Clearly, the most threatening and dystopian deployments of face surveillance we will encounter arise in the government context. Face recognition technology in a CCTV-blanketed world enables perfect government surveillance, meaning it eradicates anonymity and privacy in public (and potentially even some private) space. This technology gives already unaccountable, discriminatory, and opaque government agencies like the police and federal intelligence agencies unprecedented power to invisibly create comprehensive and persistent records of people’s movements, interests and associations. It is the stuff of dystopian horror come to life.
Americans are rightfully concerned about this near-future world. The Brookings survey asked people about their views of face recognition in four contexts: retail stores, airports, stadiums, and schools. In no case did a majority of people surveyed feel favorably about the deployment of this technology. Half reported that they oppose the use of face surveillance technology in the retail context, while only 27 percent supported it. In the airport context, 44 percent expressed concern about using the technology for identification and security purposes, while only 31 percent supported it.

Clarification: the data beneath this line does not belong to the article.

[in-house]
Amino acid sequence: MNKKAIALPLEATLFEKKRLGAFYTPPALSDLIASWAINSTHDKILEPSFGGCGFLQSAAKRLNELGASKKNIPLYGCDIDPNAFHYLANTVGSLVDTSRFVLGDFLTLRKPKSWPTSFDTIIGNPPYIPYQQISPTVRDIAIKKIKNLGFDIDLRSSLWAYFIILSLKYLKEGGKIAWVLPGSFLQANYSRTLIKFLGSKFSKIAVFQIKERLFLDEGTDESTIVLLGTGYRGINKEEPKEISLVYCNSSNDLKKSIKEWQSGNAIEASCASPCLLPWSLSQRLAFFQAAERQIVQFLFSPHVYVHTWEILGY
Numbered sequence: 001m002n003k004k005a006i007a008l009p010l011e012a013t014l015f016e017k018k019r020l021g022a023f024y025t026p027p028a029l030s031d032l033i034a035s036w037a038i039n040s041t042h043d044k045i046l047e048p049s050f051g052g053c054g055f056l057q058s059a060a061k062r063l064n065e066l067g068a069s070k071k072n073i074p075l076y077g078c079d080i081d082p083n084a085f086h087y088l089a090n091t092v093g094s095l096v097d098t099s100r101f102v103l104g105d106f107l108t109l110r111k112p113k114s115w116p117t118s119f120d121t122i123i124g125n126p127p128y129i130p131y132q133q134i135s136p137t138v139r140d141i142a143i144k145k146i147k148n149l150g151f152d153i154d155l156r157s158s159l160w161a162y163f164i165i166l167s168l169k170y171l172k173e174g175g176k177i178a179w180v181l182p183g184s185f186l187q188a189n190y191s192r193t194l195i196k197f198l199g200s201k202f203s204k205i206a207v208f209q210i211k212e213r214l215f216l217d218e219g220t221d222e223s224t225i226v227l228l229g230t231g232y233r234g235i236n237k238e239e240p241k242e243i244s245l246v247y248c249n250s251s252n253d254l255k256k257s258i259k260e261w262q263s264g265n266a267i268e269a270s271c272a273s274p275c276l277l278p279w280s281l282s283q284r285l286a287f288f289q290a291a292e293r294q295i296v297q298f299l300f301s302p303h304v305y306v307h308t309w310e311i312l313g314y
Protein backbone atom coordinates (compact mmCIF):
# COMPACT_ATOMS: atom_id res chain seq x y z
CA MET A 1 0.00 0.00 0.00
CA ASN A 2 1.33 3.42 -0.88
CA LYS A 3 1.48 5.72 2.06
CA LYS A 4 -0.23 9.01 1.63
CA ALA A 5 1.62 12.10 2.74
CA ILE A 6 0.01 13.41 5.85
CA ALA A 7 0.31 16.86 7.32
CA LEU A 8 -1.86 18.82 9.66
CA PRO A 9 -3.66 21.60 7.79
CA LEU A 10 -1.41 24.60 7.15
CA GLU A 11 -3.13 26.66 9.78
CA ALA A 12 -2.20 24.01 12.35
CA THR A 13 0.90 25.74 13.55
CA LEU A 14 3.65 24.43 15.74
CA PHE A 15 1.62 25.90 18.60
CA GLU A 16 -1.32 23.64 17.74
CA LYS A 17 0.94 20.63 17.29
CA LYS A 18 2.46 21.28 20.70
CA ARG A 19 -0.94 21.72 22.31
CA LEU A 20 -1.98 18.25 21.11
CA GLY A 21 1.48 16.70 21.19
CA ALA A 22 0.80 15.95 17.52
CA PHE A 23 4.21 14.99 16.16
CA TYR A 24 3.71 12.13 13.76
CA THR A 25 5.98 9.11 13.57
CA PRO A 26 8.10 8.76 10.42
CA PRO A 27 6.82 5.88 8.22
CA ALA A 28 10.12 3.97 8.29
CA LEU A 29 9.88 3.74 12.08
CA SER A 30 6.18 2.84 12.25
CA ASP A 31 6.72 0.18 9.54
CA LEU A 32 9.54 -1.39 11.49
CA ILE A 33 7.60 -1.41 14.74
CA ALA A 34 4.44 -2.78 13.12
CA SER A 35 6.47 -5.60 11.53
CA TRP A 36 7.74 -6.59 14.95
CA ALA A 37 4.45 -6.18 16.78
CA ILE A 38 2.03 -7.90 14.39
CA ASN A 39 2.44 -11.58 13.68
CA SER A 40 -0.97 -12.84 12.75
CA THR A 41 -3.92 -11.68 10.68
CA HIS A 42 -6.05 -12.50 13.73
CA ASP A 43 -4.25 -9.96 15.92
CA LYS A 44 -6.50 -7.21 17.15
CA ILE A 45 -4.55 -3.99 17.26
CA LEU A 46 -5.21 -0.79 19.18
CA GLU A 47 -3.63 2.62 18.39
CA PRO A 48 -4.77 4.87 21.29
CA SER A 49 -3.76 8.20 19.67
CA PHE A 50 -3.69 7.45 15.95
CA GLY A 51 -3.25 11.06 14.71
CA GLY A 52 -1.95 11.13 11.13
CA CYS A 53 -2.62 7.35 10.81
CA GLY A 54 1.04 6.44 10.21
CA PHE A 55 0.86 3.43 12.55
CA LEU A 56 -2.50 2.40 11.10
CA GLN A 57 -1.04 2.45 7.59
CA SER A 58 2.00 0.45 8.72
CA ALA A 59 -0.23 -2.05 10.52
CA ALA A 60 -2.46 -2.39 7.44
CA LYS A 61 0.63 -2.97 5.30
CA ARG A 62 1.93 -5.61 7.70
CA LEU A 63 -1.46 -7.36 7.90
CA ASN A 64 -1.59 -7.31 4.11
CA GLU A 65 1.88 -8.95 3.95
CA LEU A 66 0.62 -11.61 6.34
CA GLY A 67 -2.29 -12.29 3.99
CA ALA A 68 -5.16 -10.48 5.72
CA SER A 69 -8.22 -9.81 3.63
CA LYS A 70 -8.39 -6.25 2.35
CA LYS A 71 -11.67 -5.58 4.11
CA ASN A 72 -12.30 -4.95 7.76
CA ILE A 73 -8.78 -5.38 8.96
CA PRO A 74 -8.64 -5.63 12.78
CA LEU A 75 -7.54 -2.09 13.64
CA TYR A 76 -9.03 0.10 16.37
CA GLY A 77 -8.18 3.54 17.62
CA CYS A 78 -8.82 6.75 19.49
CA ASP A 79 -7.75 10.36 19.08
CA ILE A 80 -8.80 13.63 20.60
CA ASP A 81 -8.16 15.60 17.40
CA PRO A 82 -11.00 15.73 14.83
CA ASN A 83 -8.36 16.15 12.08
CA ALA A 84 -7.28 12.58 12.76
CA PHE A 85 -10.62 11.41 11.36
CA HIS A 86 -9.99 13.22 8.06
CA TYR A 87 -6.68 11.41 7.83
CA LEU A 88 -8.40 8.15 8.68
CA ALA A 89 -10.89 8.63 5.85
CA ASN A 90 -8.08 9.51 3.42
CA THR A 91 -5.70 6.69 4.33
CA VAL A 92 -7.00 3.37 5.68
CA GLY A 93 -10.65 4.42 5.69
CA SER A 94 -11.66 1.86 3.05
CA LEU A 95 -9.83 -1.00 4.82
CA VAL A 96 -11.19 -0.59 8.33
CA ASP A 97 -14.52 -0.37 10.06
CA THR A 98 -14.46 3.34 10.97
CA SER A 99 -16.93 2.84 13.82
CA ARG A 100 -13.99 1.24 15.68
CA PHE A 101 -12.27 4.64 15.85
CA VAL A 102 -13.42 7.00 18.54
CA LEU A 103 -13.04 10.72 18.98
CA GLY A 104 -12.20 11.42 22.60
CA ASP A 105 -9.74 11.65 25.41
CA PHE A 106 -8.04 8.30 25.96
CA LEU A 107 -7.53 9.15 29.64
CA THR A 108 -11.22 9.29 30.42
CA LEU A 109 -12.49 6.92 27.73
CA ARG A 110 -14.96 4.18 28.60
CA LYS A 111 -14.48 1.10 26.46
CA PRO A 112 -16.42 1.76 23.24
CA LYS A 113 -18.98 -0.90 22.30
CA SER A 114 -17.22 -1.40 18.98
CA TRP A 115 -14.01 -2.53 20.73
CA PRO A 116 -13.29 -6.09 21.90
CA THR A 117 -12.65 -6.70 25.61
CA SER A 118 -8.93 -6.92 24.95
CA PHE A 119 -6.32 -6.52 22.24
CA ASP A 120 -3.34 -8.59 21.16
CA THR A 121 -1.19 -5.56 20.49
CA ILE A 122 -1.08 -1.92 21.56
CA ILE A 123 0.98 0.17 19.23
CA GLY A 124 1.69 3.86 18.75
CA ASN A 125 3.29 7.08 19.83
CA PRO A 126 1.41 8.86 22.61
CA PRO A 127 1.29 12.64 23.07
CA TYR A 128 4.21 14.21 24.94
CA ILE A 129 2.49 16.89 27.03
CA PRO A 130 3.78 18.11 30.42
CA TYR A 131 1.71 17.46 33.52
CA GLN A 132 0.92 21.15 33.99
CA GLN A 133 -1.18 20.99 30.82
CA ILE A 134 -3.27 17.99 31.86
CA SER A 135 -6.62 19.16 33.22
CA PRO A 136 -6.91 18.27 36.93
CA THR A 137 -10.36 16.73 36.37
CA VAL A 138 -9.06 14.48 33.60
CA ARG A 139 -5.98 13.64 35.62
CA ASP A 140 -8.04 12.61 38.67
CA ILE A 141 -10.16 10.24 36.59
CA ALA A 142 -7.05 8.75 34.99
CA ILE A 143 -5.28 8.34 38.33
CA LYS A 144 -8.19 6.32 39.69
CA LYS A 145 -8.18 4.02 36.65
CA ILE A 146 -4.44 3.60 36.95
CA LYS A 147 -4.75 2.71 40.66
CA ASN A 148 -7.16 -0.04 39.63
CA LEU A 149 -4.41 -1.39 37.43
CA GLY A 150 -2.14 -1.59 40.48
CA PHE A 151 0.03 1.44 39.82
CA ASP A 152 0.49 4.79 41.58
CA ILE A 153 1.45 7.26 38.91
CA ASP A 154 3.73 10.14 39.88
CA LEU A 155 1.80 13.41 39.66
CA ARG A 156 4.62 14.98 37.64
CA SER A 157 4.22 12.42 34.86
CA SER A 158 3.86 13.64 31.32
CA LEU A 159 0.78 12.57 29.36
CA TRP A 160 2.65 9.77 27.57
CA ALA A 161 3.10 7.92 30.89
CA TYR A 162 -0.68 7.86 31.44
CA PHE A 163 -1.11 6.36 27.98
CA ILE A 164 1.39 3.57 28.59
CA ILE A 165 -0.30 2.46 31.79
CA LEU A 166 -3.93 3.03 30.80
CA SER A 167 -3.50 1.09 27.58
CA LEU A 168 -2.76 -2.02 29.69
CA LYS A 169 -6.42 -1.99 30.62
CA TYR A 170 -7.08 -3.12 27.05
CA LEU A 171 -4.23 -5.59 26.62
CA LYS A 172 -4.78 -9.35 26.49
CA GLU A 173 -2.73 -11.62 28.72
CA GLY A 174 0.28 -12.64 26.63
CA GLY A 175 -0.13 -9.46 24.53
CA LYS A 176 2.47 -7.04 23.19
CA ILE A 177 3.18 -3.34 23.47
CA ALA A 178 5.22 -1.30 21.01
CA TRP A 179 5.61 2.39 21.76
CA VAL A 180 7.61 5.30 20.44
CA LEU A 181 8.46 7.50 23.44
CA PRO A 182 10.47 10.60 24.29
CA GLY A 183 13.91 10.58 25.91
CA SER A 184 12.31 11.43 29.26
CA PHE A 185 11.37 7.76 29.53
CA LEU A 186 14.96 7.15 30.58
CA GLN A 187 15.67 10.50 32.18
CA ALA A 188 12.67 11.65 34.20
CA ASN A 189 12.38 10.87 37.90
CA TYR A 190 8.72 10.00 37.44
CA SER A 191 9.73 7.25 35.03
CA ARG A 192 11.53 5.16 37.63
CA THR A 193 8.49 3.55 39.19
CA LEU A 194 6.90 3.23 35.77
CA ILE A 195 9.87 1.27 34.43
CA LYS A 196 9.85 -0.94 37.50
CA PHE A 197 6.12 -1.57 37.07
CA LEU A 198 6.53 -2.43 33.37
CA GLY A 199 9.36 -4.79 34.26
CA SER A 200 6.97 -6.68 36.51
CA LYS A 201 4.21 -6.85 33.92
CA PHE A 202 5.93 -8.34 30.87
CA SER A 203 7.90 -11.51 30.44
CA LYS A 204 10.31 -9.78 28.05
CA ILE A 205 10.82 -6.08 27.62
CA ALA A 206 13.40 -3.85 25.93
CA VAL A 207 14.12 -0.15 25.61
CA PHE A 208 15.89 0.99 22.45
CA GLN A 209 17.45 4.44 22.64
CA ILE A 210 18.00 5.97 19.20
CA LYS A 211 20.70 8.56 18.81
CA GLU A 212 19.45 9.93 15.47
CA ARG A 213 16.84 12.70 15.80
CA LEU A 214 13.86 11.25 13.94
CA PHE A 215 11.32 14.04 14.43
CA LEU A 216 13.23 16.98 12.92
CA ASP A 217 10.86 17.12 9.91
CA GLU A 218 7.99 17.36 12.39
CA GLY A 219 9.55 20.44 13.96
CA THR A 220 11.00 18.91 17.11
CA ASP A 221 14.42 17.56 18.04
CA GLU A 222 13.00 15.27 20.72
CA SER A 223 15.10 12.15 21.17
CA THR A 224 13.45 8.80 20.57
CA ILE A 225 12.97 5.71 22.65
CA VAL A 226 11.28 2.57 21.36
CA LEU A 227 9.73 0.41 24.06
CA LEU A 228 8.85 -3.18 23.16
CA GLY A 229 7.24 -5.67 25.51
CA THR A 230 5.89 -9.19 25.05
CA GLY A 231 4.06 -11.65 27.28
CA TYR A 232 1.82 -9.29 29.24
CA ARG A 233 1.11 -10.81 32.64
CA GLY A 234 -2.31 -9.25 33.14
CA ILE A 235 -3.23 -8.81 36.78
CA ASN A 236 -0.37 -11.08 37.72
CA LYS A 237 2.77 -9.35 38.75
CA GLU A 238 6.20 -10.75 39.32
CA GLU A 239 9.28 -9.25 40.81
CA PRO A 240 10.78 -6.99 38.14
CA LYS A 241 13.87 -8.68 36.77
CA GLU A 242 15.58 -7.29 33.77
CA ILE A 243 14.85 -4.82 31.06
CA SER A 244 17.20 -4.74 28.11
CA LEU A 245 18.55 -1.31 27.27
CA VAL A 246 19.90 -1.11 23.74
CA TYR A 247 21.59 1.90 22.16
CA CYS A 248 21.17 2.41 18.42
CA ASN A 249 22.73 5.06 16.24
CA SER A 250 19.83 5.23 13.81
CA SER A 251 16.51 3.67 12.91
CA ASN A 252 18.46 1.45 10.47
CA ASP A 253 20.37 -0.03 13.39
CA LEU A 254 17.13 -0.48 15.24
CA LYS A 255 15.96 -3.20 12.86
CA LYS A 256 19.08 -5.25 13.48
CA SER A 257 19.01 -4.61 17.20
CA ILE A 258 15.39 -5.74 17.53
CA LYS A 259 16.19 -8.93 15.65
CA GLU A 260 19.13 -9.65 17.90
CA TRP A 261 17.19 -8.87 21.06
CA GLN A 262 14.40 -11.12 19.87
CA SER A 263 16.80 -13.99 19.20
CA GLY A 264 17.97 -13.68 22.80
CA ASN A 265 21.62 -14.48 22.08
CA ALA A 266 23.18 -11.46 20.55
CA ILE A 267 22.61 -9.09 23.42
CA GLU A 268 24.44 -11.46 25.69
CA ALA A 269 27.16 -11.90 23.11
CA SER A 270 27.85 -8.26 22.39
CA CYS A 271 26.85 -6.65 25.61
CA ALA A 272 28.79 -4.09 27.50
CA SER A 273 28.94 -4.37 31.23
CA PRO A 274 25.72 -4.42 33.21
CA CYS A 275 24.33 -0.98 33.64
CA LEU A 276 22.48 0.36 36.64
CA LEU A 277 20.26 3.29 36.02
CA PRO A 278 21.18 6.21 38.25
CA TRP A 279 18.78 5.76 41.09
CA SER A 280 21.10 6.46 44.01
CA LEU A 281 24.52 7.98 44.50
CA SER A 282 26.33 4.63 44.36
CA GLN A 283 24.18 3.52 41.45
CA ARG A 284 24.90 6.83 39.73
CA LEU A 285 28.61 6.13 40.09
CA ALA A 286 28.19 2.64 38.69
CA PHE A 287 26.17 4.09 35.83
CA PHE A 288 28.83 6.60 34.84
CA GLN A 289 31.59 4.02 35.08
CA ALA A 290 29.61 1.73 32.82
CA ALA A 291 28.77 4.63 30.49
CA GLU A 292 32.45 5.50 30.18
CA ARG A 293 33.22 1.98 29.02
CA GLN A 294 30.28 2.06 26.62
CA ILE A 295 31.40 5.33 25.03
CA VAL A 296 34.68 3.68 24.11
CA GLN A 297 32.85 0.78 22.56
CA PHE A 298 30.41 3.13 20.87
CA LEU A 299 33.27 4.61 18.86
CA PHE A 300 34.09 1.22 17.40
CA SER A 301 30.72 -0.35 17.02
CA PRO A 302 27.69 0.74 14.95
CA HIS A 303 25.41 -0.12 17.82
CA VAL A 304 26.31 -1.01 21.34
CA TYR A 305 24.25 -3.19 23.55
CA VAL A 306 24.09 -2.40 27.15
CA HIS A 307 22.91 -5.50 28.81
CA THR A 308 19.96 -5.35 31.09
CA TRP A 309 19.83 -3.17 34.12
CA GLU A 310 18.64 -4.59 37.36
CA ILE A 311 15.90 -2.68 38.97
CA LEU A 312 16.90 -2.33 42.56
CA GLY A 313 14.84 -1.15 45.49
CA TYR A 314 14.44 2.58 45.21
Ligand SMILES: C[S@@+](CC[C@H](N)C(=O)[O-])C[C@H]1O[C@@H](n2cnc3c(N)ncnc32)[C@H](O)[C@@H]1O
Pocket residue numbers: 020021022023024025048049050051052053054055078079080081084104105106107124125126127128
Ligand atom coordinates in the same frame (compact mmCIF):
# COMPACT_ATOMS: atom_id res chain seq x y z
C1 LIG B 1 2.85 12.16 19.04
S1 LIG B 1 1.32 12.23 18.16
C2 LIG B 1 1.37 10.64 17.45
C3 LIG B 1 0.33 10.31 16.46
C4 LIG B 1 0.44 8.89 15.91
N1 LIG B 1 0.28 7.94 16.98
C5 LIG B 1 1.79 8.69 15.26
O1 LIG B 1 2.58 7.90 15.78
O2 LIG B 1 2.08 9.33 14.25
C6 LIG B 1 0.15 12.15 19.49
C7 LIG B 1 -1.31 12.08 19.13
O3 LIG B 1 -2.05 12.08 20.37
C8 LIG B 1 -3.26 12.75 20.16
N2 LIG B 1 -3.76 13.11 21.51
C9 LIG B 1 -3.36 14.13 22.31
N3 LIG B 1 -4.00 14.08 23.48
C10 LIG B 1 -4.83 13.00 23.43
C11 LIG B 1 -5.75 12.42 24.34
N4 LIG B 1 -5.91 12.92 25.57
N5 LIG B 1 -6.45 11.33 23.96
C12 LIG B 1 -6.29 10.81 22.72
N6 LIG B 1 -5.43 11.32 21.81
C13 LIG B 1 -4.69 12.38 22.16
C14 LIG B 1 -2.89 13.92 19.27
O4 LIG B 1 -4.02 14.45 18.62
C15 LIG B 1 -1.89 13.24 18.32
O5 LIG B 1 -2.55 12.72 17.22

Despite these concerns, the federal government is plowing ahead with plans to deploy face surveillance systems in airports throughout the country. In September, the Transportation Security Administration (TSA) released its roadmap for expanding biometrics in airports. Among other things, the report reveals that the agency plans to work with Customs and Border Protection (CBP) to link up existing image and tracking systems, towards the end of using face surveillance to track people from the moment they step inside the airport until the moment they board their plane. The goal appears to be to replace all existing forms of identification with one: your face.
Fast technology, slow law
Exponential advances in processing power make these systems inexpensive and relatively easy to deploy, enabling persistent mass surveillance and tracking in real time and retroactively. The falling cost of computing power, storage, and web connected surveillance cameras removes a traditional limit on the government’s ability to deploy extensive networks built on this technology. But while the technology is developing rapidly, enabling the widespread deployment of face surveillance in all areas of our lives, the law has failed to keep pace. There is currently no federal law explicitly addressing the technology, and the vast majority of states have no statutes on the books protecting us from exploitative face tracking or repressive surveillance.